BEE 3-LIKE, WRKY40 and NAC2 were the three most upregulated TFs found in the present study (Table 1). Their differential expression between the rootstock varieties of contrasting drought tolerance (Table 3) has rendered them strong candidate genes for drought tolerance in citrus. Previous studies have shown that the Arabidopsis ortholog of BEE 3-LIKE (BRASSINOSTEROID ENHANCED EXPRESSION 3-LIKE) is a brassinosteroid (BR)-induced early response bHLH gene that also is antagonistically regulated by ABA, suggesting that it may function as a signaling intermediate in multiple pathways [46], whereas the hybrid poplar (Populus alba × P. glandulosa) ortholog of BEE 3-LIKE (PagBEE3L) was shown to induce plant growth and biomass production in transgenic poplar plants by increasing the xylem cell proliferation in stem tissue [47]. The Arabidopsis ortholog of NAC2, ATAF1, was shown to enhance the drought tolerance when overexpressed in transgenic Arabidopsis plants via stomatal regulation and induction of stress-responsive genes, such as ADH1, RD29A and COR47 [48]. The Meiwa kumquat (Fortunella crassifolia) ortholog of WRKY40 (FcWRKY40) was showed to be induced by salt, salicylic acid (SA), cold and ABA, but repressed by dehydration, and its overexpression in tobacco increased the tolerance of the transgenic plants to oxidative stress and the mRNA abundance of genes coding for peroxidase (POD) and catalase (CAT) [49]. The functional roles of the respective sweet orange orthologs of BEE 3-LIKE, WRKY40 and NAC2 remain to be elucidated.

Upstream of TFs, PKs regulate various signal transduction pathways in abiotic stress responses via perception of stress signals and activation of downstream signaling pathways by phosphorylating specific target proteins. Thus, they also represent good candidate genes for drought tolerance in citrus. We have found nearly one hundred DEGs coding for PKs, distributed in several families (Fig. 2d; Additional file 7: Table S6), with most of them also showing an upregulated expression in response to drought stress (Table 4). Two upregulated PKs belonging to the STK (orange1.1g019628m) and MAP kinase (orange1.1g023609m) families (Additional file 7: Table S6) are orthologs of the Arabidopsis SRK2C and MPK6, respectively. SRK2C is a SnRK2 protein involved in ABA signaling that significantly increase drought tolerance by upregulating many stress-responsive genes, such as RD29A, COR15A, and DREB1A/CBF3 [50]. MPK6 was shown to be induced in response to various abiotic and biotic stresses and it is considered a universal regulator in plant stress responses [51]. The differential expression of WAKL8, WAKL2 and WAK2 between rootstocks of contrasting drought tolerance (Table 3) also highlight these WAKs as relevant candidate genes for drought tolerance in citrus. WAK2 binding to native pectins on the cell wall is required for cell expansion during development, while its binding to pectin fragments like oligo-galacturonides (OGs) activates a stress response pathway [52].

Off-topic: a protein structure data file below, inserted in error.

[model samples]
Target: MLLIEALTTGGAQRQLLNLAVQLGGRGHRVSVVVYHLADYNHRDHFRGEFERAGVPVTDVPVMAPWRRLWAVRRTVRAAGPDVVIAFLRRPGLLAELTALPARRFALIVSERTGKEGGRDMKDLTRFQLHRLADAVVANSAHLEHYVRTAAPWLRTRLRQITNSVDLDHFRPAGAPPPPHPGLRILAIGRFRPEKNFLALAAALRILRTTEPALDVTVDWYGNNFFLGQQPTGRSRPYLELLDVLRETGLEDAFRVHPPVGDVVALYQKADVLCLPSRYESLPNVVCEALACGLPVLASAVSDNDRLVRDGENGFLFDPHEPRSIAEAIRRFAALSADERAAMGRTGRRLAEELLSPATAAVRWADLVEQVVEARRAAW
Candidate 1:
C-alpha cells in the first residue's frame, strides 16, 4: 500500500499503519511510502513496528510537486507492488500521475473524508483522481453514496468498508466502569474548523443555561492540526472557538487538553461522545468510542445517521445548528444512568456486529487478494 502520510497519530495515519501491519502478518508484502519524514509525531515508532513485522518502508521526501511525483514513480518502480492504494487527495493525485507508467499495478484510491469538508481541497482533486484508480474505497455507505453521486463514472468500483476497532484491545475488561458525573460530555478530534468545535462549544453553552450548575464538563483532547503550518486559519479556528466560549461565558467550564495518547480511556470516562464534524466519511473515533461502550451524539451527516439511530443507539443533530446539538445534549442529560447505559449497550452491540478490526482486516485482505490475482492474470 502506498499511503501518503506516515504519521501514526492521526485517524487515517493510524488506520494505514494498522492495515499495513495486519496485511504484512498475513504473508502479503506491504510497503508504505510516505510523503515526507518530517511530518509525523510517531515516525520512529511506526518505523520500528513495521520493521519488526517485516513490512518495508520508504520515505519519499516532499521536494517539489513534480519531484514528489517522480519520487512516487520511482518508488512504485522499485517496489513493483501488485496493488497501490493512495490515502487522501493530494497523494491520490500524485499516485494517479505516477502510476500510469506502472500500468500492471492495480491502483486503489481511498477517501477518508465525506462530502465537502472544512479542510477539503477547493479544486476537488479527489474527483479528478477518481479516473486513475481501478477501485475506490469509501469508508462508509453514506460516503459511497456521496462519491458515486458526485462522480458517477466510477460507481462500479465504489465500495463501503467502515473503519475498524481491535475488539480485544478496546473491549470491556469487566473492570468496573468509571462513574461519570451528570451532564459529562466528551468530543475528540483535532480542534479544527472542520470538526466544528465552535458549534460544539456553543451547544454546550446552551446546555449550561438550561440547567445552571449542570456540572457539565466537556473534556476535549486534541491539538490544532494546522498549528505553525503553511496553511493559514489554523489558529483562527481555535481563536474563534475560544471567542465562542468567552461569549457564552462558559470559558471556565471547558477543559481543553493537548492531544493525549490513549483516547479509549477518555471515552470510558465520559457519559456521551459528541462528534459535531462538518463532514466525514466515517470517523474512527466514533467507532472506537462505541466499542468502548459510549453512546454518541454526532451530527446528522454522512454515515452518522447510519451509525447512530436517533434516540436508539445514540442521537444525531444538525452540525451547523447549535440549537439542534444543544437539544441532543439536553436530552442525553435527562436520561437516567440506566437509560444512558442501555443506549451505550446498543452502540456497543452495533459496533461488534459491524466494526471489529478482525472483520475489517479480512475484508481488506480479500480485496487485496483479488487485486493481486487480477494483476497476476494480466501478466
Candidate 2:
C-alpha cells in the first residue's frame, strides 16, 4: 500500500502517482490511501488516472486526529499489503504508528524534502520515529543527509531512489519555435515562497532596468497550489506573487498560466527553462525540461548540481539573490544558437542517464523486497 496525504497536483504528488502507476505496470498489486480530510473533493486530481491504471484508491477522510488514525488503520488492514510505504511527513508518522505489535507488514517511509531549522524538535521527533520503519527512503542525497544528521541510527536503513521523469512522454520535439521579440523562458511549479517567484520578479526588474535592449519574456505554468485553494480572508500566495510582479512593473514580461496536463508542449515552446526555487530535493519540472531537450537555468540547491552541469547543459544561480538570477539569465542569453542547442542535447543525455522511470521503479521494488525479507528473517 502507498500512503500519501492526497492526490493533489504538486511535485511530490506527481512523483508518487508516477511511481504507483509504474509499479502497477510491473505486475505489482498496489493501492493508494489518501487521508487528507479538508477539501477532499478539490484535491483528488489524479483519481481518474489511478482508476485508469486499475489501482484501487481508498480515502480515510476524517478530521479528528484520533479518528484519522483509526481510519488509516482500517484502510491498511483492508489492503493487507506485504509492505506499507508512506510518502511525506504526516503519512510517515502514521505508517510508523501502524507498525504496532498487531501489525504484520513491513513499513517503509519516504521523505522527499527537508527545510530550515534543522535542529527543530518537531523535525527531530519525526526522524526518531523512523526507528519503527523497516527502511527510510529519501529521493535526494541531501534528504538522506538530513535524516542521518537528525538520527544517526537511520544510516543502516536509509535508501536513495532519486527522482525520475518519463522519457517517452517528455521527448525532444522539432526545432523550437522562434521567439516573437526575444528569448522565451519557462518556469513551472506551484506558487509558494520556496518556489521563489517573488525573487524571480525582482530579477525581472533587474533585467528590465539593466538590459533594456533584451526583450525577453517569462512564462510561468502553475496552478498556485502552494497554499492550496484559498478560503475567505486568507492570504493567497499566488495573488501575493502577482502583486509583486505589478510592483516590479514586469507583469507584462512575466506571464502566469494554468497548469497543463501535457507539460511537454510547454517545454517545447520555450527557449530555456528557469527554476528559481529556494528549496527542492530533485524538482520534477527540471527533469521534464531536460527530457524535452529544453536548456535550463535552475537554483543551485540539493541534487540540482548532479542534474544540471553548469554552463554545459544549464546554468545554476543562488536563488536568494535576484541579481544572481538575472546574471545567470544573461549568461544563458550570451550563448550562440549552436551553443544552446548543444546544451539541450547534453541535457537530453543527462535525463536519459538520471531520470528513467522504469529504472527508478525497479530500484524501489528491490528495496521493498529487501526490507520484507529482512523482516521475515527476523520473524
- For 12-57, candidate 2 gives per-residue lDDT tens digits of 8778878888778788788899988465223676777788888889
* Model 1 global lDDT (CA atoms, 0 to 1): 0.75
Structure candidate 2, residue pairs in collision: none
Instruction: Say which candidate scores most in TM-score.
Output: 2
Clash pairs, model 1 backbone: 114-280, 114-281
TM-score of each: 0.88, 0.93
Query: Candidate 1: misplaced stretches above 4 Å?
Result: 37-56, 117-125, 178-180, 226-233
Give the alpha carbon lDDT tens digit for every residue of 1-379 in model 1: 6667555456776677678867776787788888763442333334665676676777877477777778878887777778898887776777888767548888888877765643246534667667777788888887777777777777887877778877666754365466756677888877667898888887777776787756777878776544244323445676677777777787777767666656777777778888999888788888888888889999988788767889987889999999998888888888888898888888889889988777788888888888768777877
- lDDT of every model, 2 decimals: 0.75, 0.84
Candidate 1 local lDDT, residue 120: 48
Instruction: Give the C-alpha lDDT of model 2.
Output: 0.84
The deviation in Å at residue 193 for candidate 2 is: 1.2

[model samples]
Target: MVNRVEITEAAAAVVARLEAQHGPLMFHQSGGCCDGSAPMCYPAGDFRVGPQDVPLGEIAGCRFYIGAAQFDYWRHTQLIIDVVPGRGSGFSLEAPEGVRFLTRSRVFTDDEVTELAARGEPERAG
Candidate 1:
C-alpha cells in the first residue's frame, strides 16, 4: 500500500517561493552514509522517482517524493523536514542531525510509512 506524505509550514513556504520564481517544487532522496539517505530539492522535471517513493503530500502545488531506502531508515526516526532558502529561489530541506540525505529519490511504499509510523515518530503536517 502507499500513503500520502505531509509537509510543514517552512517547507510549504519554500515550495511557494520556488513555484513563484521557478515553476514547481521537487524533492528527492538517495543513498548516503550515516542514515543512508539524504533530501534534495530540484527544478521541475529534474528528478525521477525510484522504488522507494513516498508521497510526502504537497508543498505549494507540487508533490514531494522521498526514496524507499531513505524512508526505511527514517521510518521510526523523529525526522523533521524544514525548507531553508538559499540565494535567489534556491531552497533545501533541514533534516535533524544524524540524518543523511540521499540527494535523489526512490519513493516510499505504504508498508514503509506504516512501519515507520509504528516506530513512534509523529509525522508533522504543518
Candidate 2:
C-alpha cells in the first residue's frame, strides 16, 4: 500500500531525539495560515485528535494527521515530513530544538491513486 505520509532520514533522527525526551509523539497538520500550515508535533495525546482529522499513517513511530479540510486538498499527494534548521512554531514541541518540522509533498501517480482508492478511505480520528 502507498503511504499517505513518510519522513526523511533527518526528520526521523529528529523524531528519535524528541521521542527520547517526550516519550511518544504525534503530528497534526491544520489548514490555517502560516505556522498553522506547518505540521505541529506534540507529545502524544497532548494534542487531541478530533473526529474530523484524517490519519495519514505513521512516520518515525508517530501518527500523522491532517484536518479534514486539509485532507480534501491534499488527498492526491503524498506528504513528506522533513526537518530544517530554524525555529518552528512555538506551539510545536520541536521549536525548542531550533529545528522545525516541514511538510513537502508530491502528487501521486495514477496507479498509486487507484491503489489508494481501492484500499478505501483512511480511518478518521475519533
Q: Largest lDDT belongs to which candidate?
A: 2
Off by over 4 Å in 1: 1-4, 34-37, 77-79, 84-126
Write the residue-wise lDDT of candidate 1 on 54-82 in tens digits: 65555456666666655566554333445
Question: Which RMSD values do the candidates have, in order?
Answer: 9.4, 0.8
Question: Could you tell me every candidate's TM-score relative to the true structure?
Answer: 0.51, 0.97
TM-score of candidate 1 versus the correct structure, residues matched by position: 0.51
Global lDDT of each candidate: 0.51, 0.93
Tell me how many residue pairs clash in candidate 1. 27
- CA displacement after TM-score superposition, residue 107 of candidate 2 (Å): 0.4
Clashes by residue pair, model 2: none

The use of deep sequencing technology allowed to characterize the genome-wide molecular responses associated with the rootstock-induced drought tolerance in sweet orange. This analysis revealed that only a relatively small (4.2%) but functionally diverse fraction of the sweet orange transcriptome, with functions in metabolism, cellular responses and regulation, showed a significant variation of expression in response to the drought stress conditions tested. Taken together with the comparative expression analysis between sweet orange plants grafted on drought-tolerant and -sensitive rootstocks, as well as with the previously reported physiological and molecular responses of drought tolerance in citrus, the results suggest that drought tolerance in sweet orange involves the transcriptional activation of genes related to the metabolisms of cell wall, soluble carbohydrates and antioxidants and also of well known genes involved in biotic and abiotic stress responses, and the downregulation of genes involved in the starch metabolism, light reactions and ethylene signaling pathway. The regulatory pathways that modulate these downstream responses include several drought-regulated TFs, PKs and ABA signaling proteins. A schematic model depicting the transcriptional responses associated with the rootstock-induced drought tolerance in sweet orange is shown in Fig. 3. The present study provides a useful reference for further exploration of the functions of candidate genes and applications on the genetic improvement of citrus rootstocks.

Fig. 3
figure 3